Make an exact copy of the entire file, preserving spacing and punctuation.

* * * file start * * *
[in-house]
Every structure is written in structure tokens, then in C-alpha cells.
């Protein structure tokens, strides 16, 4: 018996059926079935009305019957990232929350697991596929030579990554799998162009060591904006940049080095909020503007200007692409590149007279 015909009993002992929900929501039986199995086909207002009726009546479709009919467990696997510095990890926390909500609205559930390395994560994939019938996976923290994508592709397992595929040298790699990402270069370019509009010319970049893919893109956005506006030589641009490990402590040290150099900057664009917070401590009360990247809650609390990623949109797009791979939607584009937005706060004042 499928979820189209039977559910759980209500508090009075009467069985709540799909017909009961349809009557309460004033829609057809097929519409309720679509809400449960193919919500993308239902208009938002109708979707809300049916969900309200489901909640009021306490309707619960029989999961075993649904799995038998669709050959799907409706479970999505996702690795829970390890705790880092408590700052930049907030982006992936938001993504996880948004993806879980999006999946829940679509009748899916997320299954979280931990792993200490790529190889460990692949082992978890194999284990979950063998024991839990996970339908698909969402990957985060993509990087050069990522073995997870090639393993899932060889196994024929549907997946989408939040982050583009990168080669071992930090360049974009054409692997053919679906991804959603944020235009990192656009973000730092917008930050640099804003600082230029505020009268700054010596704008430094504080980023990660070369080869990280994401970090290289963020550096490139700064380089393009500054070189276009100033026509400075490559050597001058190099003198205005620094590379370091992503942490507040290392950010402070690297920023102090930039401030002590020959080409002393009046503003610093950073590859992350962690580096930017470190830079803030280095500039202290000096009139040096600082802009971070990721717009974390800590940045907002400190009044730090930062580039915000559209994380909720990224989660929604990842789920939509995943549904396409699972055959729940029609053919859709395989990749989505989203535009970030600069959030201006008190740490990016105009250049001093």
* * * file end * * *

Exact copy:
[in-house]
Every structure is written in structure tokens, then in C-alpha cells.
């Protein structure tokens, strides 16, 4: 018996059926079935009305019957990232929350697991596929030579990554799998162009060591904006940049080095909020503007200007692409590149007279 015909009993002992929900929501039986199995086909207002009726009546479709009919467990696997510095990890926390909500609205559930390395994560994939019938996976923290994508592709397992595929040298790699990402270069370019509009010319970049893919893109956005506006030589641009490990402590040290150099900057664009917070401590009360990247809650609390990623949109797009791979939607584009937005706060004042 499928979820189209039977559910759980209500508090009075009467069985709540799909017909009961349809009557309460004033829609057809097929519409309720679509809400449960193919919500993308239902208009938002109708979707809300049916969900309200489901909640009021306490309707619960029989999961075993649904799995038998669709050959799907409706479970999505996702690795829970390890705790880092408590700052930049907030982006992936938001993504996880948004993806879980999006999946829940679509009748899916997320299954979280931990792993200490790529190889460990692949082992978890194999284990979950063998024991839990996970339908698909969402990957985060993509990087050069990522073995997870090639393993899932060889196994024929549907997946989408939040982050583009990168080669071992930090360049974009054409692997053919679906991804959603944020235009990192656009973000730092917008930050640099804003600082230029505020009268700054010596704008430094504080980023990660070369080869990280994401970090290289963020550096490139700064380089393009500054070189276009100033026509400075490559050597001058190099003198205005620094590379370091992503942490507040290392950010402070690297920023102090930039401030002590020959080409002393009046503003610093950073590859992350962690580096930017470190830079803030280095500039202290000096009139040096600082802009971070990721717009974390800590940045907002400190009044730090930062580039915000559209994380909720990224989660929604990842789920939509995943549904396409699972055959729940029609053919859709395989990749989505989203535009970030600069959030201006008190740490990016105009250049001093």